In April of 2013, our lab performed an experiment with Starfighters Aerospace, located in Kennedy Space Center. This company uses Lockheed F-104s to create the same extreme g-forces felt during suborbital missions. These craft are able to fly at Mach 2.2 and are able to climb to altitudes over 90,000 feet. For more information, visit http://www.starfighters.net/
But what do Starfighters have to do with plants? Our experiment looked at plant transcriptome response to suborbital flight profiles. The basic question we asked was, “What would plants feel during a suborbital flight?” We were also asking if an untrained civilian (represented here by our two PIs, Dr. Rob Ferl and Dr. Anna-Lisa Paul) could be tasked to perform certain functions during the flight, such as taking various measurements and harvesting plants in a special chemical fixation unit designed at Kennedy Space Center called a KFT. We also flew more plants in the two separate cargo holds, one of which was pressurized. We are currently analyzing the data from microarrays, which tell us the transcriptional profile of the plants from KFTs, and will soon be analyzing the differences in atmospheric pressures, in addition to the g-forces felt on this kind of flight.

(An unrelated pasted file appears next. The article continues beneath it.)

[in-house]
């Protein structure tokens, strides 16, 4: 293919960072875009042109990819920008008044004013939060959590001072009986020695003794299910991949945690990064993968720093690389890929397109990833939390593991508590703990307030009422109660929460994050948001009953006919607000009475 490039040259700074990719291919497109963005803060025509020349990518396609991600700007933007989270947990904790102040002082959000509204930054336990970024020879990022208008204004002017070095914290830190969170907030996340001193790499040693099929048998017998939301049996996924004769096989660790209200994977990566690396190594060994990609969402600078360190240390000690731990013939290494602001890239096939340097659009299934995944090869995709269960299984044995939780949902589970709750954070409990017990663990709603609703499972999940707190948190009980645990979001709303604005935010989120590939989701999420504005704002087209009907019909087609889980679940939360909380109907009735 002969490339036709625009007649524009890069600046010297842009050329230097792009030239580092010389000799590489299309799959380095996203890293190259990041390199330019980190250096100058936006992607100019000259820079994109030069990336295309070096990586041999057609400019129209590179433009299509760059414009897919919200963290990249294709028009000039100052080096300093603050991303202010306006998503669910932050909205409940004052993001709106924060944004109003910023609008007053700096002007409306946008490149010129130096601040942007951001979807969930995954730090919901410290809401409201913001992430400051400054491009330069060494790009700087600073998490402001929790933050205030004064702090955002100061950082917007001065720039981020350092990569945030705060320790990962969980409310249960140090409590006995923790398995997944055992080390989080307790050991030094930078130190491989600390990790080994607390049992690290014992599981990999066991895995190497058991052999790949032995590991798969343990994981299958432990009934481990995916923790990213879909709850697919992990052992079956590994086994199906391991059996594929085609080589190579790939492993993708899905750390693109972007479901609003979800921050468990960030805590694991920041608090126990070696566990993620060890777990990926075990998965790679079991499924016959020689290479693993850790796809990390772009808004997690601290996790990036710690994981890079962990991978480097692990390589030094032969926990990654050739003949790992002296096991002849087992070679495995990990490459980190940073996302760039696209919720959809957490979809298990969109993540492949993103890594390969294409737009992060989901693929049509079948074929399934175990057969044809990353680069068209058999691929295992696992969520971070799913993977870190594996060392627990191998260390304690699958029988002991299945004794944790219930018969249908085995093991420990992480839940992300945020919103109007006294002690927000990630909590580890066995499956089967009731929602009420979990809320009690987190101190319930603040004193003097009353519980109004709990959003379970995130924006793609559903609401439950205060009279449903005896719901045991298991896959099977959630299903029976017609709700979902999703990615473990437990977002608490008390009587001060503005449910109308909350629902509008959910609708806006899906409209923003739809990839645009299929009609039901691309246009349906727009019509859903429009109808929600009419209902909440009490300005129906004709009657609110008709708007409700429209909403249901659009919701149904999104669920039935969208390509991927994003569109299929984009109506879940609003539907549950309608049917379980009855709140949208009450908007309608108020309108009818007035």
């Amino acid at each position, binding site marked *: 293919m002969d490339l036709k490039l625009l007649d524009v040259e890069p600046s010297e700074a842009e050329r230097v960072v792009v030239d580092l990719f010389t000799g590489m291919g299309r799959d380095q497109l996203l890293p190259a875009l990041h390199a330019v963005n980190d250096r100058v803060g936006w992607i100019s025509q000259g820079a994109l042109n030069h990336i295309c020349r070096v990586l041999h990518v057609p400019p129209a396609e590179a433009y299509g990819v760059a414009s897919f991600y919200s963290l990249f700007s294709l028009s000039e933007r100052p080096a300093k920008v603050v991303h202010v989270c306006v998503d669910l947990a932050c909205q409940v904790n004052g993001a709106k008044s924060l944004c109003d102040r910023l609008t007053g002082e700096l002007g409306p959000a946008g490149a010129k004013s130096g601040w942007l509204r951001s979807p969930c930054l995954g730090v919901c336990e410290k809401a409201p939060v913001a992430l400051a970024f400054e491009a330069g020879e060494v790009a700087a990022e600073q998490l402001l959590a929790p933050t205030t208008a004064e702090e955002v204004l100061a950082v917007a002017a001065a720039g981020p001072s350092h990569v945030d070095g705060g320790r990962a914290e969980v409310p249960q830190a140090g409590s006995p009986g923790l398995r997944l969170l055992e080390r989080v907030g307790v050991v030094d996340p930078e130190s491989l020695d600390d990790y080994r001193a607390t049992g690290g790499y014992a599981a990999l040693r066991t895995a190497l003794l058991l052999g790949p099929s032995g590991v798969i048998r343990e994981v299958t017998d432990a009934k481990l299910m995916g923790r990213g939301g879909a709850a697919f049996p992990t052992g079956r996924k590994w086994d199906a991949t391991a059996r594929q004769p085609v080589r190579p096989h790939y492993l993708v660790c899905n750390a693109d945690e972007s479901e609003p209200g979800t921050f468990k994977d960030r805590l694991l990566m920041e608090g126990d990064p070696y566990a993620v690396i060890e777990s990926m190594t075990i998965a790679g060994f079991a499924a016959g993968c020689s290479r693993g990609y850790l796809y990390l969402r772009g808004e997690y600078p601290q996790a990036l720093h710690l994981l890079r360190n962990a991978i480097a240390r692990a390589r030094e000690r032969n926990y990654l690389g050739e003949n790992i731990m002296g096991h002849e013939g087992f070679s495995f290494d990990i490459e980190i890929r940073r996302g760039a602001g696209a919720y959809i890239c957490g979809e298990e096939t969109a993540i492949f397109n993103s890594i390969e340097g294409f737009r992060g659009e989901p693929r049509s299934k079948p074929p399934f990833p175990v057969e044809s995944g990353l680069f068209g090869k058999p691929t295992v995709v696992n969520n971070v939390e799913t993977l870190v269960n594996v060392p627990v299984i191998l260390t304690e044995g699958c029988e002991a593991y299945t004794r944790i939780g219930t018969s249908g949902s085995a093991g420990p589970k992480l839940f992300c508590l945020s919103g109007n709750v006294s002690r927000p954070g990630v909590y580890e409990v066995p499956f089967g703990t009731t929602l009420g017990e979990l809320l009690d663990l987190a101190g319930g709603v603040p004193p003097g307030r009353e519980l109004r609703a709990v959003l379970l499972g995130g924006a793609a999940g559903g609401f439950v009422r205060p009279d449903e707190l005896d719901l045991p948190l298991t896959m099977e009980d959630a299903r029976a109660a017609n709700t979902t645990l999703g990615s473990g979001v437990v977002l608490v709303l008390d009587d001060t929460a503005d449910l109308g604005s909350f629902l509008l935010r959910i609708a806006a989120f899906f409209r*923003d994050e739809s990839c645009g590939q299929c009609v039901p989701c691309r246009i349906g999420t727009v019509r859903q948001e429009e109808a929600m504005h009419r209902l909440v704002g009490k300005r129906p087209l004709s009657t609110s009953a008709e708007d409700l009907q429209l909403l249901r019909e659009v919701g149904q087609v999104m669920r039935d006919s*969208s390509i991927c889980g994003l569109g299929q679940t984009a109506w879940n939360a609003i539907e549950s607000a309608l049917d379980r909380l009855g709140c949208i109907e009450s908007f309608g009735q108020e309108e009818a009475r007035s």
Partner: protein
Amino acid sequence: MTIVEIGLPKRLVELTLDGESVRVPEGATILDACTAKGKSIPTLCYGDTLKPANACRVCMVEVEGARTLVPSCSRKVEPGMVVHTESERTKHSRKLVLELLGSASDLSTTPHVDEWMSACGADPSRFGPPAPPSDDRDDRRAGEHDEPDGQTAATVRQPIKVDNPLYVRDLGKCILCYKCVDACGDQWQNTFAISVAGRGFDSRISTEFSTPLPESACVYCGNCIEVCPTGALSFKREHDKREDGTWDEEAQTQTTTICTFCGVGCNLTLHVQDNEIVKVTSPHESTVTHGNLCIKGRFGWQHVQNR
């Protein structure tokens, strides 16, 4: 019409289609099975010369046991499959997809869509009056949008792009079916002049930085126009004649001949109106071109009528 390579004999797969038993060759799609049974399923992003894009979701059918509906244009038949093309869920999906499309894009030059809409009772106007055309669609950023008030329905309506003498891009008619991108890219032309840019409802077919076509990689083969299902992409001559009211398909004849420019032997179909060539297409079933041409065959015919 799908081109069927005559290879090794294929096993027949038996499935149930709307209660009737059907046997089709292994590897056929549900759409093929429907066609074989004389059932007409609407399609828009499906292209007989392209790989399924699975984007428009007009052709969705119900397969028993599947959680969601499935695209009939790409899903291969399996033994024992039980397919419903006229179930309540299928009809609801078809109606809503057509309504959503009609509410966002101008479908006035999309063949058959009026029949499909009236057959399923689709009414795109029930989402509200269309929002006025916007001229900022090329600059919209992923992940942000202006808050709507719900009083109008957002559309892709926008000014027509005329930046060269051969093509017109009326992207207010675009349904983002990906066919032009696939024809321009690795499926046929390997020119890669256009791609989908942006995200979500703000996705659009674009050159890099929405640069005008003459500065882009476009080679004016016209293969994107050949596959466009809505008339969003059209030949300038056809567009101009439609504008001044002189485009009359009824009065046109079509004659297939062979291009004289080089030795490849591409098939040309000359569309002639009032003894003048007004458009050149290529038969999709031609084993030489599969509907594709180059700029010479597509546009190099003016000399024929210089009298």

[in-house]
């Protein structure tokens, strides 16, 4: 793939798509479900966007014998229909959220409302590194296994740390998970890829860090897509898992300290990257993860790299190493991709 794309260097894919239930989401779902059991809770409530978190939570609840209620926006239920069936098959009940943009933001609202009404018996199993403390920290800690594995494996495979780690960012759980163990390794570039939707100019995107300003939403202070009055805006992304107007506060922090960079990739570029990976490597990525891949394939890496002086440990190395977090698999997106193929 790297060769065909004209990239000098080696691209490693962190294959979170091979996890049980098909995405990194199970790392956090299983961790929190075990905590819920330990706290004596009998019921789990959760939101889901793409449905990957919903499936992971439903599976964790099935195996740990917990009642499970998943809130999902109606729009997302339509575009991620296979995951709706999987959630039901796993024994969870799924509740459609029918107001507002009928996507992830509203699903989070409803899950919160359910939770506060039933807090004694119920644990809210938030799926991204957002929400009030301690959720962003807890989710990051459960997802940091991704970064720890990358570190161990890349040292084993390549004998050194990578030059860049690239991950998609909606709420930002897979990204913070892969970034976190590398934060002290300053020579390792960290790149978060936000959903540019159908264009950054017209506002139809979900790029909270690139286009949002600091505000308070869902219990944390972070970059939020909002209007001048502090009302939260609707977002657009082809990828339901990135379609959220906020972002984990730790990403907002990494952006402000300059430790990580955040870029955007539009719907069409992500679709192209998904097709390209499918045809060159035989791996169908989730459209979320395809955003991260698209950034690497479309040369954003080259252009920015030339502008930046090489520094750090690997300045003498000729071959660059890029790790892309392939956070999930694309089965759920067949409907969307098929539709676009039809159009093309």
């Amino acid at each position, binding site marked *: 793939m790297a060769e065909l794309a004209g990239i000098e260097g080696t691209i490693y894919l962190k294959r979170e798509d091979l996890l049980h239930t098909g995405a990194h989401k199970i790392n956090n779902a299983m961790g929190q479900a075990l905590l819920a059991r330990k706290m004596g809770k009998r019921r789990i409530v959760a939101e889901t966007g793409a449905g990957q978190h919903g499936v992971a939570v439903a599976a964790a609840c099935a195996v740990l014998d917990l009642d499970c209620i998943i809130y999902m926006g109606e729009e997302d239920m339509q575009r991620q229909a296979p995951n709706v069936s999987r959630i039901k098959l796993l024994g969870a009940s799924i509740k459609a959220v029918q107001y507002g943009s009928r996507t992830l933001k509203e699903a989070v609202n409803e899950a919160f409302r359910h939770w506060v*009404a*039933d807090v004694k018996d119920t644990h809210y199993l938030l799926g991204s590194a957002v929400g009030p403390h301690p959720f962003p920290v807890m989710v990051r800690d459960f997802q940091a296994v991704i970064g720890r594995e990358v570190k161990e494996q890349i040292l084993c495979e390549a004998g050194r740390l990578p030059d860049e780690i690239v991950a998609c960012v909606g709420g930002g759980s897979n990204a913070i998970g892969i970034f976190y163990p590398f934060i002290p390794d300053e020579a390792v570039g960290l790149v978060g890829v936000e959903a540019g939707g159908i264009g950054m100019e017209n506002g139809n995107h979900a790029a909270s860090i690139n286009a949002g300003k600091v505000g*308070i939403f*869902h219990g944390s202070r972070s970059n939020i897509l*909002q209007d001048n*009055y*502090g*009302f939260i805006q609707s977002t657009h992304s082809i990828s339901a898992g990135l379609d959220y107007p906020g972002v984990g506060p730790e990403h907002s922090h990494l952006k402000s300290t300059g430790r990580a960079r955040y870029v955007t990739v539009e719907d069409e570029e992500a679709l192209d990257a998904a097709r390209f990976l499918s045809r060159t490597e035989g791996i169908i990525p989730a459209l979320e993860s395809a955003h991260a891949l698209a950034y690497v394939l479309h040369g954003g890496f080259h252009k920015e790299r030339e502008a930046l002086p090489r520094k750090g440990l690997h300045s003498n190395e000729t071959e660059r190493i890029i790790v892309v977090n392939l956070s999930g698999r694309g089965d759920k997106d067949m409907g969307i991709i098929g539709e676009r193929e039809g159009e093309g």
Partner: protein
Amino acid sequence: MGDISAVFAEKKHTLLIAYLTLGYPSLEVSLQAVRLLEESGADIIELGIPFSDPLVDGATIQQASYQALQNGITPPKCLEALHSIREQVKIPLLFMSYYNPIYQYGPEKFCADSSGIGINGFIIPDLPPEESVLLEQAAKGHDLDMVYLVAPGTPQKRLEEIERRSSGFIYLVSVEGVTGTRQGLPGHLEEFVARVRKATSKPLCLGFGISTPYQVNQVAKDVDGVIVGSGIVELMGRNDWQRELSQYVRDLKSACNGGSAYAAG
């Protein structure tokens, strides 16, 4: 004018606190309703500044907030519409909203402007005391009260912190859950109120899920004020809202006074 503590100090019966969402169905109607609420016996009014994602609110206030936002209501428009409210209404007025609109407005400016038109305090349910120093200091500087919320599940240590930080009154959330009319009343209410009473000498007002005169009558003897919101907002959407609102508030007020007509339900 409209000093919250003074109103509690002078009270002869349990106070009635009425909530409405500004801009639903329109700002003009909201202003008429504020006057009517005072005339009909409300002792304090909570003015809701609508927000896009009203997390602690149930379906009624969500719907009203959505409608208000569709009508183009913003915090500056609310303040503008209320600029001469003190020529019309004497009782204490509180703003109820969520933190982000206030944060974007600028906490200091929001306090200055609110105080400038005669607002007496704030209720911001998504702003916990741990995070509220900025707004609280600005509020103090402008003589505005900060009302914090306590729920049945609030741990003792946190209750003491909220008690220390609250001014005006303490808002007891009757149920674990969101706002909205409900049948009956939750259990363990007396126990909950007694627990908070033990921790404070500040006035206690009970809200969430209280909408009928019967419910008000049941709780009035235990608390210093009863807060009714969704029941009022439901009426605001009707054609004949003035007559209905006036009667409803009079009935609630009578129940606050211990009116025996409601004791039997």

The flight itself consisted of a high-speed takeoff, three lateral turns, a high-speed, low-altitude run, followed by a 90-degree vertical climb. The F-104 then turned upside-down, resulting in about 10 seconds of zero gravity, then began the high-g descent. This profile is similar to the forces that will be felt on suborbital craft, the only difference being the amount of time in zero gravity. The entire process was repeated two to three times for each flight. The video below is a montage of the two flights from that day that represents the flight profile and some of the activities performed onboard.